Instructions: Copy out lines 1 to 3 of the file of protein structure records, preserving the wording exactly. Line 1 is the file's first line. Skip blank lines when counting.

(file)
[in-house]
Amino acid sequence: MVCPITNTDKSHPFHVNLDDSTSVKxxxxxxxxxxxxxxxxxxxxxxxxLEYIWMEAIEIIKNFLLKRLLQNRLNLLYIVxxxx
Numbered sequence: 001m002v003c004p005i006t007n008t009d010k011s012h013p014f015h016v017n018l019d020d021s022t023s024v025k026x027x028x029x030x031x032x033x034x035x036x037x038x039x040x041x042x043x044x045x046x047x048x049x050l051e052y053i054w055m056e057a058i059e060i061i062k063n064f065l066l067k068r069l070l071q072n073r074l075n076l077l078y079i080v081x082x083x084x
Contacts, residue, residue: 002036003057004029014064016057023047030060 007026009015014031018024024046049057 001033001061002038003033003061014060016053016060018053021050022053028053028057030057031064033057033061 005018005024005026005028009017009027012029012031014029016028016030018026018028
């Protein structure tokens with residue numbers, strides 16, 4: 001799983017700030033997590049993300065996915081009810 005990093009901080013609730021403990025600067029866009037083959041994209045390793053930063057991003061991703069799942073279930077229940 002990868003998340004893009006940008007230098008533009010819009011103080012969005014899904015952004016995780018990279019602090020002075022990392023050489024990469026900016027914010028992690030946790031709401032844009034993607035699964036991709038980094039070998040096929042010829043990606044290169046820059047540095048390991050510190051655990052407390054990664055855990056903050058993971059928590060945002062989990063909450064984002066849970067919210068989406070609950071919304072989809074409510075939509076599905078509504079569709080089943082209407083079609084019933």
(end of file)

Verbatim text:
[in-house]
Amino acid sequence: MVCPITNTDKSHPFHVNLDDSTSVKxxxxxxxxxxxxxxxxxxxxxxxxLEYIWMEAIEIIKNFLLKRLLQNRLNLLYIVxxxx
Numbered sequence: 001m002v003c004p005i006t007n008t009d010k011s012h013p014f015h016v017n018l019d020d021s022t023s024v025k026x027x028x029x030x031x032x033x034x035x036x037x038x039x040x041x042x043x044x045x046x047x048x049x050l051e052y053i054w055m056e057a058i059e060i061i062k063n064f065l066l067k068r069l070l071q072n073r074l075n076l077l078y079i080v081x082x083x084x